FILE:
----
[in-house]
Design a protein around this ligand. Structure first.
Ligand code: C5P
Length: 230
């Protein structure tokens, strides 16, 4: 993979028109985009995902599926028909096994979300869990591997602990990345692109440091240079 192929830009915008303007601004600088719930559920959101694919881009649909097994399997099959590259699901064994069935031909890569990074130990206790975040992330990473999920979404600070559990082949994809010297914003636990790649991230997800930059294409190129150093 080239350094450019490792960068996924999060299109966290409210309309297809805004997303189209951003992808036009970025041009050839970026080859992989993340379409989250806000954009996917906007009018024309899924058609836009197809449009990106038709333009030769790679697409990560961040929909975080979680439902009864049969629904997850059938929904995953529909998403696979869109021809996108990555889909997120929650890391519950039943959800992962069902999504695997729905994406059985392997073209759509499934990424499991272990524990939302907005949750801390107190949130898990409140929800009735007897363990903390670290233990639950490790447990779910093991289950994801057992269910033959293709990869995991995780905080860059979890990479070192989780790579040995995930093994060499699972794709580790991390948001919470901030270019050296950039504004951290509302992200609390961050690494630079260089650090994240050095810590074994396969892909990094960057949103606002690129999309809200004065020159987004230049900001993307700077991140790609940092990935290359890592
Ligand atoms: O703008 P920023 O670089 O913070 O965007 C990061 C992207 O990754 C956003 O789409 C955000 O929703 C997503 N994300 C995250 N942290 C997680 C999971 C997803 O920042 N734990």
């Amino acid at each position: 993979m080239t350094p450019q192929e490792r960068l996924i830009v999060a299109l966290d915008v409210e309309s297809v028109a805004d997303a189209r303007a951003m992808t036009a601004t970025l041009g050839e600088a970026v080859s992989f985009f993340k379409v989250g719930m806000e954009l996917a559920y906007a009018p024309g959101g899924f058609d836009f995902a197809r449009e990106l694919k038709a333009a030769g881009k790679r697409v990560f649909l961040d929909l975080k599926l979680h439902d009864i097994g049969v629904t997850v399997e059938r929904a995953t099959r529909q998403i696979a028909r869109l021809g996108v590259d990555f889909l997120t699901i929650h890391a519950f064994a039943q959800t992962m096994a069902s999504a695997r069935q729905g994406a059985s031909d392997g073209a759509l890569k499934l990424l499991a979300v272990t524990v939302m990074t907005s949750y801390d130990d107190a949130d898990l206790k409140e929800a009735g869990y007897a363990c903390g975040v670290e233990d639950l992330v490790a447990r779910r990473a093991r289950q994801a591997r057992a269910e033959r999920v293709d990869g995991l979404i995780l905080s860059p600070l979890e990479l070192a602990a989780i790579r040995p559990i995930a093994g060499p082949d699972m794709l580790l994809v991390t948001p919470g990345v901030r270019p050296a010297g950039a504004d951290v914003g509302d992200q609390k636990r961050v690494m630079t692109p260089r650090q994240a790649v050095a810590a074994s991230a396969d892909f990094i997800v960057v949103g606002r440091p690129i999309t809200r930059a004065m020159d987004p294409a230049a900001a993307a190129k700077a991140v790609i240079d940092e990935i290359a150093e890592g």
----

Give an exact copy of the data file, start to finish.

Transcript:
[in-house]
Design a protein around this ligand. Structure first.
Ligand code: C5P
Length: 230
């Protein structure tokens, strides 16, 4: 993979028109985009995902599926028909096994979300869990591997602990990345692109440091240079 192929830009915008303007601004600088719930559920959101694919881009649909097994399997099959590259699901064994069935031909890569990074130990206790975040992330990473999920979404600070559990082949994809010297914003636990790649991230997800930059294409190129150093 080239350094450019490792960068996924999060299109966290409210309309297809805004997303189209951003992808036009970025041009050839970026080859992989993340379409989250806000954009996917906007009018024309899924058609836009197809449009990106038709333009030769790679697409990560961040929909975080979680439902009864049969629904997850059938929904995953529909998403696979869109021809996108990555889909997120929650890391519950039943959800992962069902999504695997729905994406059985392997073209759509499934990424499991272990524990939302907005949750801390107190949130898990409140929800009735007897363990903390670290233990639950490790447990779910093991289950994801057992269910033959293709990869995991995780905080860059979890990479070192989780790579040995995930093994060499699972794709580790991390948001919470901030270019050296950039504004951290509302992200609390961050690494630079260089650090994240050095810590074994396969892909990094960057949103606002690129999309809200004065020159987004230049900001993307700077991140790609940092990935290359890592
Ligand atoms: O703008 P920023 O670089 O913070 O965007 C990061 C992207 O990754 C956003 O789409 C955000 O929703 C997503 N994300 C995250 N942290 C997680 C999971 C997803 O920042 N734990």
């Amino acid at each position: 993979m080239t350094p450019q192929e490792r960068l996924i830009v999060a299109l966290d915008v409210e309309s297809v028109a805004d997303a189209r303007a951003m992808t036009a601004t970025l041009g050839e600088a970026v080859s992989f985009f993340k379409v989250g719930m806000e954009l996917a559920y906007a009018p024309g959101g899924f058609d836009f995902a197809r449009e990106l694919k038709a333009a030769g881009k790679r697409v990560f649909l961040d929909l975080k599926l979680h439902d009864i097994g049969v629904t997850v399997e059938r929904a995953t099959r529909q998403i696979a028909r869109l021809g996108v590259d990555f889909l997120t699901i929650h890391a519950f064994a039943q959800t992962m096994a069902s999504a695997r069935q729905g994406a059985s031909d392997g073209a759509l890569k499934l990424l499991a979300v272990t524990v939302m990074t907005s949750y801390d130990d107190a949130d898990l206790k409140e929800a009735g869990y007897a363990c903390g975040v670290e233990d639950l992330v490790a447990r779910r990473a093991r289950q994801a591997r057992a269910e033959r999920v293709d990869g995991l979404i995780l905080s860059p600070l979890e990479l070192a602990a989780i790579r040995p559990i995930a093994g060499p082949d699972m794709l580790l994809v991390t948001p919470g990345v901030r270019p050296a010297g950039a504004d951290v914003g509302d992200q609390k636990r961050v690494m630079t692109p260089r650090q994240a790649v050095a810590a074994s991230a396969d892909f990094i997800v960057v949103g606002r440091p690129i999309t809200r930059a004065m020159d987004p294409a230049a900001a993307a190129k700077a991140v790609i240079d940092e990935i290359a150093e890592g």